Any design that leaves you using the same muscle group for both functions will frustrate a high-performance driver real quick!
    In the GTI set up they are quite disconnected from another. I guess with the quad the best you can do is wrist and arm?
    Thanks for sharing all this knowledge, you have obviously put a lot of time and thought into this stuff.
    I was thinking all last night and this morning about your Volvo controls and how I could make them work for me. Now this ball pivot has got me intrigued. I don?t think I want to try and mess with the electronic side of it. I?ll just stick with a stock pedal position sensor. Unfortunately there are no stops or springs built into it, those are both built into the bulky pedal assembly.
    The possibilities are narrowed quite a bit though for me because I?m working with no hand, wrist or tricep function. My right arm is much better with decent hand function wrist and triceps but it?s busy with the steering wheel.
    As far as different muscle groups for brake and accelerator, I think I?m limited to push for brakes and pull down or ?rock? for accelerator. I?m used to the push rock so I think I?ll first try adding an arm to the pedal potion sensor much like your Volvo one and adding a linkage between it and the Sure-grips to give it more of a safer acceleration.

    Pat-if you wanted to mess with it, I could send you this and a bunch of split shaft collars, small rod ends/heim joints, small spherical bearings, and a bunch of bicycle brakes and cable stuff. I can tell you that when you get to the point where squeezing a handle accelerates the engine gears start turning. It?s good to think things up in a vacuum, but when you lay hands to something like that, things become a lot more palpable and it seems to enhance creativity!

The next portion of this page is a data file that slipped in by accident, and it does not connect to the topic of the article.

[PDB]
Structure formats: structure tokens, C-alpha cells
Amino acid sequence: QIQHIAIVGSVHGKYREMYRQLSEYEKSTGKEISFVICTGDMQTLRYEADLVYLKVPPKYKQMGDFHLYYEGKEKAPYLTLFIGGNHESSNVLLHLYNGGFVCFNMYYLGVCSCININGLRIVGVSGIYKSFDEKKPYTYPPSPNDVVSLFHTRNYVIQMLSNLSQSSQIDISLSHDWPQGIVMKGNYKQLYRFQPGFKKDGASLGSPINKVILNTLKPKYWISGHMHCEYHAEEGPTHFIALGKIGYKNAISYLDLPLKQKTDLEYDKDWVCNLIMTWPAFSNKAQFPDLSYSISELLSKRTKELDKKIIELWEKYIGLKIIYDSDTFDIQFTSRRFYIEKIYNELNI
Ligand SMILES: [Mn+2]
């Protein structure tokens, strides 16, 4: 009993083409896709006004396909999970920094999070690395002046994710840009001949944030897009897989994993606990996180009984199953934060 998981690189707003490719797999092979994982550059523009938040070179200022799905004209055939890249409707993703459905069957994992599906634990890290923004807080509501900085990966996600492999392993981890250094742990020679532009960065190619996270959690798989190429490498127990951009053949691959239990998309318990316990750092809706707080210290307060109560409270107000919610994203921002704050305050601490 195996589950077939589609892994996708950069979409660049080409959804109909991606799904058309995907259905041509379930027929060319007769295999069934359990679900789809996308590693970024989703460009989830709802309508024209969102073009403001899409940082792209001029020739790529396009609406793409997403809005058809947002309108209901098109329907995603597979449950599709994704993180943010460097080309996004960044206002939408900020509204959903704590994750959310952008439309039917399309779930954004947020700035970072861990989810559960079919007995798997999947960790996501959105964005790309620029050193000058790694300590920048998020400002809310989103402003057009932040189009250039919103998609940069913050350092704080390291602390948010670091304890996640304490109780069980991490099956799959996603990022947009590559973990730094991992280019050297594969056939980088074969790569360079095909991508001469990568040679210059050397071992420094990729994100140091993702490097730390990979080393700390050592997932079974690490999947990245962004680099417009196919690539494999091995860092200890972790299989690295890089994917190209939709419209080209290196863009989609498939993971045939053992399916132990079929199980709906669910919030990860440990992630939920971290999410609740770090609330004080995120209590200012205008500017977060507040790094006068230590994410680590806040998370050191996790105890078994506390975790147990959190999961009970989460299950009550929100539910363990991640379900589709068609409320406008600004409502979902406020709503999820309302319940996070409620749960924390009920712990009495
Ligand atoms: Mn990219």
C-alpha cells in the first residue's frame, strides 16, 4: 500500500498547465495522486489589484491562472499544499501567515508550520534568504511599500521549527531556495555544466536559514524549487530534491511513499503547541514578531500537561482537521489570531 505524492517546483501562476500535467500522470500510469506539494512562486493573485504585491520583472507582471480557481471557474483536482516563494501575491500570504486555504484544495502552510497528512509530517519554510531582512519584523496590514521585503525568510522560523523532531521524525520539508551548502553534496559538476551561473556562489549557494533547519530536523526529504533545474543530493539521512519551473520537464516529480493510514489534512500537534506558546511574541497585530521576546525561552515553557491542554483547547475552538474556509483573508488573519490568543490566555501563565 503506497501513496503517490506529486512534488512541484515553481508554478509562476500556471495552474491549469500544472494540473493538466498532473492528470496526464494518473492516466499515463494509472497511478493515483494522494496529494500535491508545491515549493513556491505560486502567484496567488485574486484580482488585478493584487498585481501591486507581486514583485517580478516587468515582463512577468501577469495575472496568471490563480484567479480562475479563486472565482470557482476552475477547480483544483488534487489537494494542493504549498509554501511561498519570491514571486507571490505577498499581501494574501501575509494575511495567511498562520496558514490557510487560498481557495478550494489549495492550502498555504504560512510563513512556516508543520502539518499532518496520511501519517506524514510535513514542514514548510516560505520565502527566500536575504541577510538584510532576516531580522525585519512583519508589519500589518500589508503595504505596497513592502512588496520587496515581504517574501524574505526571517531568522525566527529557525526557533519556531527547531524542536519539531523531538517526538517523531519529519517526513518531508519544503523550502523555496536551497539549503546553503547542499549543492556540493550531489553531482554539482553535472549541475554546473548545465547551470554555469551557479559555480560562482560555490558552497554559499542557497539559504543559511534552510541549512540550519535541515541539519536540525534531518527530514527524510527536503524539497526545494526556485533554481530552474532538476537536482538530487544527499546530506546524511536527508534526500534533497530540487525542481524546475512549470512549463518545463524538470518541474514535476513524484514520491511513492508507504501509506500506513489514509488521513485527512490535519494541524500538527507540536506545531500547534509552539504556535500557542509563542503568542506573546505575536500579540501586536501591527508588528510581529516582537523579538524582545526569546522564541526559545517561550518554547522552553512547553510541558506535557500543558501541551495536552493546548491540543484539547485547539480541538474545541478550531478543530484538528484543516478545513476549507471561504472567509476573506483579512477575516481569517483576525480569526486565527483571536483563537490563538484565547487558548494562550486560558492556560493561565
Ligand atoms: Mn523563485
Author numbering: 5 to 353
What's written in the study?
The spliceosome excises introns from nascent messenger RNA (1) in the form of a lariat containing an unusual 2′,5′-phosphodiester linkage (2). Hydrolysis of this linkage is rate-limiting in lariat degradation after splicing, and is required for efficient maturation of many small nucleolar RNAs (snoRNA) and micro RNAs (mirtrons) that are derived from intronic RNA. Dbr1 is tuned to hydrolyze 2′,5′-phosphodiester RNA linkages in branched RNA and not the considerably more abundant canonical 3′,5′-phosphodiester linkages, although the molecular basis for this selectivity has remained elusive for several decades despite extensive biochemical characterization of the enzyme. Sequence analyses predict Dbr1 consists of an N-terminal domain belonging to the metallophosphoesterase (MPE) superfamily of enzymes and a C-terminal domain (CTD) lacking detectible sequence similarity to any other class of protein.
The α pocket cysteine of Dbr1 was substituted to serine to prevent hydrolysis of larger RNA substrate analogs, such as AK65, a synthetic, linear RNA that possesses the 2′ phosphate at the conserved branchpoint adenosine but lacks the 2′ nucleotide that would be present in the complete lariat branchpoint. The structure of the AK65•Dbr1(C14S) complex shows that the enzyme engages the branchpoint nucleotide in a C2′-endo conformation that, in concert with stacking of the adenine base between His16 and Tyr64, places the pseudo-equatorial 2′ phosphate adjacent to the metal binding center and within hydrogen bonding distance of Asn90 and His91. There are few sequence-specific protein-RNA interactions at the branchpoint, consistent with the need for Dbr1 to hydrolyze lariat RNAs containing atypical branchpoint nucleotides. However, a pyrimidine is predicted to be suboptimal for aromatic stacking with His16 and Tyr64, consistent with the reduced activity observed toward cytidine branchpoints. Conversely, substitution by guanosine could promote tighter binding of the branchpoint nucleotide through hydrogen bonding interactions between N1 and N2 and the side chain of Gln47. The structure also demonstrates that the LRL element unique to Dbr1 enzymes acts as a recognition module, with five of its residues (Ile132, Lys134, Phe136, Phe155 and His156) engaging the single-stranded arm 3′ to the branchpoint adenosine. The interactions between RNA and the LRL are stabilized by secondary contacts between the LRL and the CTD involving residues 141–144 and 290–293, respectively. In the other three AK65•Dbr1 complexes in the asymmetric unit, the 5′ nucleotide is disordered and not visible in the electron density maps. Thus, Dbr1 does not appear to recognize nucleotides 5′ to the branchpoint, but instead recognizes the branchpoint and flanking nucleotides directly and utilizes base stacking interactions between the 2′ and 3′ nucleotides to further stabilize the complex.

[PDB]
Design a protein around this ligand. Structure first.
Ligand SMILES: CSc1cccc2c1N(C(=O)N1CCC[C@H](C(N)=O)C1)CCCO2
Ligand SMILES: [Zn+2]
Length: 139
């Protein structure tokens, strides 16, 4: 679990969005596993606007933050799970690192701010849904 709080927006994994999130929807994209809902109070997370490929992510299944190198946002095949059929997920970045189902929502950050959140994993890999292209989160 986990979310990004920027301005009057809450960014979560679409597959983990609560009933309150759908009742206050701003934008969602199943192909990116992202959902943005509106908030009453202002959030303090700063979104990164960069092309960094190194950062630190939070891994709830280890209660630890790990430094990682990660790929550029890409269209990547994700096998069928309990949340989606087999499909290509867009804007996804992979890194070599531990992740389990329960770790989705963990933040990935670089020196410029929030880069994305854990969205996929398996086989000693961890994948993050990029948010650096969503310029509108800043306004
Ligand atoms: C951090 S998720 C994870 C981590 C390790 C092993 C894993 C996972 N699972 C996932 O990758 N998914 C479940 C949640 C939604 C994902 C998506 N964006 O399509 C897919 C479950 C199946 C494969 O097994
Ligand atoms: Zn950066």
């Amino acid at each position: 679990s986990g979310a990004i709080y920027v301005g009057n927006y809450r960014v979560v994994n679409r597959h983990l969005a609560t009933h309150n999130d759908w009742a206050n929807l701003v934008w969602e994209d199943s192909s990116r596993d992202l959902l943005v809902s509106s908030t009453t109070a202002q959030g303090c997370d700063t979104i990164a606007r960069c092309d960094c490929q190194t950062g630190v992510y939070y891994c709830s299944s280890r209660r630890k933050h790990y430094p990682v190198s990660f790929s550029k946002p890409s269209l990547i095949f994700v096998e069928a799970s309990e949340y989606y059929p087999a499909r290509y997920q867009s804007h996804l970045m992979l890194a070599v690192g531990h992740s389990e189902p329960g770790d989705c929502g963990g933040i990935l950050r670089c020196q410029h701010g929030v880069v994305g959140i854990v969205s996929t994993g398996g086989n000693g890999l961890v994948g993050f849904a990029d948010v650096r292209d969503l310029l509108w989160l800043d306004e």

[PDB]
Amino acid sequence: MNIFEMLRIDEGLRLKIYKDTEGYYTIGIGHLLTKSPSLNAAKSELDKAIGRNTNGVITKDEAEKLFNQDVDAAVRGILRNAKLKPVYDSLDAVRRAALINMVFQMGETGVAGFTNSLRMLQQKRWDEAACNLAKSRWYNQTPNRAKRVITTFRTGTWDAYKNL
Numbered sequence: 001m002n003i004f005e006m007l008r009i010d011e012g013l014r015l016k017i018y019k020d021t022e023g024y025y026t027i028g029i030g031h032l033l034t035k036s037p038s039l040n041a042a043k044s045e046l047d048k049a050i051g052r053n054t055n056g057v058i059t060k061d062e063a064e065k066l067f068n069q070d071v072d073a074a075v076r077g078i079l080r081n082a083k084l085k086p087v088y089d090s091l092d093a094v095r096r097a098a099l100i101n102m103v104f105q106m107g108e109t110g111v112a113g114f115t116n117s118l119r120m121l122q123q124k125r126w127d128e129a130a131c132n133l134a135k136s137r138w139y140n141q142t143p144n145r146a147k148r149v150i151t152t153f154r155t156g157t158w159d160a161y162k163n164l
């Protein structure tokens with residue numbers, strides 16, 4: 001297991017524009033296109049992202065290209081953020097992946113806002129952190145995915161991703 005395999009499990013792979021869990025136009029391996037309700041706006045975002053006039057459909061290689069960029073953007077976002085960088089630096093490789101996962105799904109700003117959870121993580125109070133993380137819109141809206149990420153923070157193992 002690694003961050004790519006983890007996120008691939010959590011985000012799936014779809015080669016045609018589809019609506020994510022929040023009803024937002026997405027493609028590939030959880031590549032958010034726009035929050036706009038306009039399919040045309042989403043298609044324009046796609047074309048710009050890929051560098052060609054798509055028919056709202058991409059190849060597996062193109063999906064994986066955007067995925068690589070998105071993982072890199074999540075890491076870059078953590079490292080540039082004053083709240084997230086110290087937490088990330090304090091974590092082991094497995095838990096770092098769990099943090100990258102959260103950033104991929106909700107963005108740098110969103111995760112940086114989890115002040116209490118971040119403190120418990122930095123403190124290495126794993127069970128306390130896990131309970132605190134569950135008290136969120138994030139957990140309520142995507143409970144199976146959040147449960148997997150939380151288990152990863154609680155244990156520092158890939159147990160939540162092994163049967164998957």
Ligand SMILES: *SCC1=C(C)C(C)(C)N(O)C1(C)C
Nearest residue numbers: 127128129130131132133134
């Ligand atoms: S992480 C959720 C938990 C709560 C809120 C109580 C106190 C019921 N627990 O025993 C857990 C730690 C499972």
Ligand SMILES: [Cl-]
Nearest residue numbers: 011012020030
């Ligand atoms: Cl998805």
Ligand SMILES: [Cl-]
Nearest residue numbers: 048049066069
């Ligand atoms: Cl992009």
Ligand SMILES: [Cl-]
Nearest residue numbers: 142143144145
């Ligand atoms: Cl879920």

PM sent.

  5. #55
    Senior Member pfcs49's Avatar
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    PM got-I'll ship once we figure out how much stuff to send.

    Pat-you should try to find male and female TPS (throttle pos snsr) plugs. Perhaps GM supplies them? Or get a wrecking yard to cut one out as far back as they can (more lead length) when they sell you another used TPS/accelerator pedal. I've excised the male end out of components many times to make test hookups in the shop. You probably can hacksaw the male off a junkyard sensor and save the sensor for "research", soldering 6 wires to it. You'll really want the male/TPS side plug so you can plug into the GM system with no wires cut/unmodified.

    When you're to this point, you can figure out what each terminal does by checking resistances (find the ends of both potentiometers) and their polarities (see voltages of of these pairs w/ign on; B+ and B-/ground)
    The remaining two are the signal legs; you can distinguish them by taking a TPS and find which ground it works through by putting your meter on B- and S and finding continuity and if moving the sensor affects resistance.

    Now draw two potentiometers and number them according to the plug markings or a diagram you make, 1-6, with and note by each number what it is, i.e.:snsr A: B+ B- S; B: B+ B- S. They may not be in logical order! VWs are in-line but wires are scrambled!

    https://www.youtube.com/watch?v=VrOhvSvKIhc

    Record the sign on closed throttle voltages; full throttle voltages
    Record the resistance of both B+/B- legs (disconnected from the computer) and the idle/WOT resistances.